Detection of #YellowFever Virus in #Sylvatic #Mosquitoes during Disease #Outbreaks of 2017⁻2018 in Minas Gerais State, #Brazil (Insects, abstract)

[Source: US National Library of Medicine, full page: (LINK). Abstract, edited.]

Insects. 2019 May 10;10(5). pii: E136. doi: 10.3390/insects10050136.

Detection of Yellow Fever Virus in Sylvatic Mosquitoes during Disease Outbreaks of 2017⁻2018 in Minas Gerais State, Brazil.

Pinheiro GG1,2, Rocha MN3, de Oliveira MA4, Moreira LA5, Andrade Filho JD6.

Author information: 1 Coleção de Mosquitos Neotropicais, Instituto René Rachou, Avenida Augusto de Lima, 1715, Belo Horizonte 30190-002, Brazil. 2 Grupo de Estudos em Leishmanioses, Instituto René Rachou, Avenida Augusto de Lima, 1715, Belo Horizonte 30190-002, Brazil. 3 Mosquitos Vetores: Endossimbiontes e Interação Patógeno-Vetor, Instituto René Rachou, Avenida Augusto de Lima, 1715, Belo Horizonte 30190-002, Brazil. 4 Coleção de Mosquitos Neotropicais, Instituto René Rachou, Avenida Augusto de Lima, 1715, Belo Horizonte 30190-002, Brazil. 5 Mosquitos Vetores: Endossimbiontes e Interação Patógeno-Vetor, Instituto René Rachou, Avenida Augusto de Lima, 1715, Belo Horizonte 30190-002, Brazil. 6 Grupo de Estudos em Leishmanioses, Instituto René Rachou, Avenida Augusto de Lima, 1715, Belo Horizonte 30190-002, Brazil.



Brazil has experienced several arbovirus outbreaks in recent years, among which yellow fever stands out. The state of Minas Gerais faced outbreaks of sylvatic yellow fever in 2017 and 2018, with 1002 confirmed cases and 340 deaths. This work presents the results of survey efforts to detect the yellow fever virus in mosquitoes from two conservation areas in the metropolitan region of Belo Horizonte, Brazil. A total of 867 mosquitoes of 20 species were collected between September 2017 and May 2018, the most abundant being Psorophora(Janthinosoma) ferox (von Humboldt, 1819) (31.3%), Limatus durhamii Theobald, 1901 (19.1%) and Haemagogus (Haemagogus) janthinomys Dyar, 1921 (18.2%). Total RNA was extracted from the mosquitoes for real-time PCR analysis for yellow fever, chikungunya, mayaro, Zika and dengue viruses. The yellow fever infection rate was 8.2% for Hg. janthinomys (13 mosquitoes), which is the main vector of sylvatic yellow fever in Brazil. In addition to surveying the mosquito fauna of these conservation units, this work demonstrates the importance of monitoring the circulation of viruses near large urban centers.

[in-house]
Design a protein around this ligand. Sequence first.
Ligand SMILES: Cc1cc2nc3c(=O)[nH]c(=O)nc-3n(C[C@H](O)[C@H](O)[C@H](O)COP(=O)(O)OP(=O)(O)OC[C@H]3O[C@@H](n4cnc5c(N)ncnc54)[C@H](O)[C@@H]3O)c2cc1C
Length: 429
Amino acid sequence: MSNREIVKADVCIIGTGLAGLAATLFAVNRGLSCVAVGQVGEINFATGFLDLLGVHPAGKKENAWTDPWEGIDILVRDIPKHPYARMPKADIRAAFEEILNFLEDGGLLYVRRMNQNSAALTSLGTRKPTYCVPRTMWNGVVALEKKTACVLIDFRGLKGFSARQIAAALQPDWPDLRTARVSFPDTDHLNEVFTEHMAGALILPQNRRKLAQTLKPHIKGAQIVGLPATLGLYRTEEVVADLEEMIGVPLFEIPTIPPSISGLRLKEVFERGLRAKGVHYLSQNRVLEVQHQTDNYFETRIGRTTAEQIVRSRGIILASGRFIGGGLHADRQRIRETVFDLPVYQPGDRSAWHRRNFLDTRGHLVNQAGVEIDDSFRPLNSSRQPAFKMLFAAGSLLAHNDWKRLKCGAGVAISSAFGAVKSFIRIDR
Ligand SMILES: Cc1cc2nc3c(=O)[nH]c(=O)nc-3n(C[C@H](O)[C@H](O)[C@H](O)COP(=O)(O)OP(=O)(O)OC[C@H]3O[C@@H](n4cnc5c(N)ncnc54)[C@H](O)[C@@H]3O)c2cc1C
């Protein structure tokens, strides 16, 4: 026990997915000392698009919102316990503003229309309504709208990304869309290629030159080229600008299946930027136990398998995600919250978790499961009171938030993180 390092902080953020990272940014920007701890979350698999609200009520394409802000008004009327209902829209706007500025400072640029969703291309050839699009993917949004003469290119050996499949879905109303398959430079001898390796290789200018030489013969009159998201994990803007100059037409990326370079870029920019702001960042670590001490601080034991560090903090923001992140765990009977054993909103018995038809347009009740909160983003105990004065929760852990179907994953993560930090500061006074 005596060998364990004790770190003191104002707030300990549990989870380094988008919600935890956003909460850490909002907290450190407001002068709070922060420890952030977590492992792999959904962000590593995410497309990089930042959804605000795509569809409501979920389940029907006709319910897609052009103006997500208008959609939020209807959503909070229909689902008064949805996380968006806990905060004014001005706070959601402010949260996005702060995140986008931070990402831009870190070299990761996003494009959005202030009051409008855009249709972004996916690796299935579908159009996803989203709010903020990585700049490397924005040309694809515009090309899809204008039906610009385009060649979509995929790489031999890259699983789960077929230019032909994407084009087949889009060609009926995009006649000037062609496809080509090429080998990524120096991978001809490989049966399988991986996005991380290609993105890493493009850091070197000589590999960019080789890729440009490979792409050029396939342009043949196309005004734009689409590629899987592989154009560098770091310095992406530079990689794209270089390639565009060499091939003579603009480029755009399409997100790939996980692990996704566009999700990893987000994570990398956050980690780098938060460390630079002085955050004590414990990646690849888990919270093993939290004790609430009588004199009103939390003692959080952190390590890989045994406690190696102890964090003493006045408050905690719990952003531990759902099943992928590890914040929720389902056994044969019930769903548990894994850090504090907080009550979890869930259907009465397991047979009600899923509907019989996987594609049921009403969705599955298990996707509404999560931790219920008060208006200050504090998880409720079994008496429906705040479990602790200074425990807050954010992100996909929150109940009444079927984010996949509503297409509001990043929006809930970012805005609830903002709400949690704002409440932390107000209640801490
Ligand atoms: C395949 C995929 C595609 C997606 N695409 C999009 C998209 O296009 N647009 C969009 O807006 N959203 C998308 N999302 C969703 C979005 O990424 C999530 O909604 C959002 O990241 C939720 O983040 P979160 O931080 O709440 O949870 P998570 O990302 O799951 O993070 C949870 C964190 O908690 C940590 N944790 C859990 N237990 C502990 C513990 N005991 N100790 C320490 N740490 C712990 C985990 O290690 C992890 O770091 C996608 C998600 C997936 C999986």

KEYWORDS: arboviruses; mosquitoes; yellow fever

PMID: 31083286 DOI: 10.3390/insects10050136

Keywords: Arbovirus; Mosquitoes; Yellow fever; Brazil.



Lethal #mutagenesis of #RVF virus induced by #favipiravir (Antimicrob Agents Chemother., abstract)

[Source: Antimicrobial Agents and Chemotherapy, full page: (LINK). Abstract, edited.]

Lethal mutagenesis of Rift Valley fever virus induced by favipiravir

Belén Borrego, Ana I. de Ávila, Esteban Domingo, Alejandro Brun

DOI: 10.1128/AAC.00669-19



Rift Valley fever virus (RVFV) is an emerging, mosquito-borne, zoonotic pathogen with recurrent outbreaks paying a considerable toll of human deaths in many African countries, for which no effective treatment is available. In cell culture studies and with laboratory animal models, the nucleoside analogue favipiravir (T-705) has demonstrated great potential for the treatment of several seasonal, chronic and emerging RNA virus infections of humans, suggesting applicability to control some viral outbreaks. Treatment with favipiravir was shown to reduce the infectivity of Rift Valley fever virus both in cell cultures and in experimental animal models, but the mechanism of this protective effect is not understood. In this work we show that favipiravir at concentrations well below the toxicity threshold estimated for cells is able to extinguish RVFV from infected cell cultures. Nucleotide sequence analysis has documented RVFV mutagenesis associated with virus extinction, with a significant increase in G to A and C to U transition frequencies, and a decrease of specific infectivity, hallmarks of lethal mutagenesis.

Copyright © 2019 Borrego et al. This is an open-access article distributed under the terms of the Creative Commons Attribution 4.0 International license.

Keywords: Antivirals; Favipiravir; Arbovirus; Rift Valley fever.


#Neurological manifestations of #pediatric #arboviral #infections in the #Americas (J Clin Virol., abstract)

[Source: Journal of Clinical Virology, full page: (LINK). Abstract, edited.]

Journal of Clinical Virology / Available online 8 May 2019 / In Press, Accepted Manuscript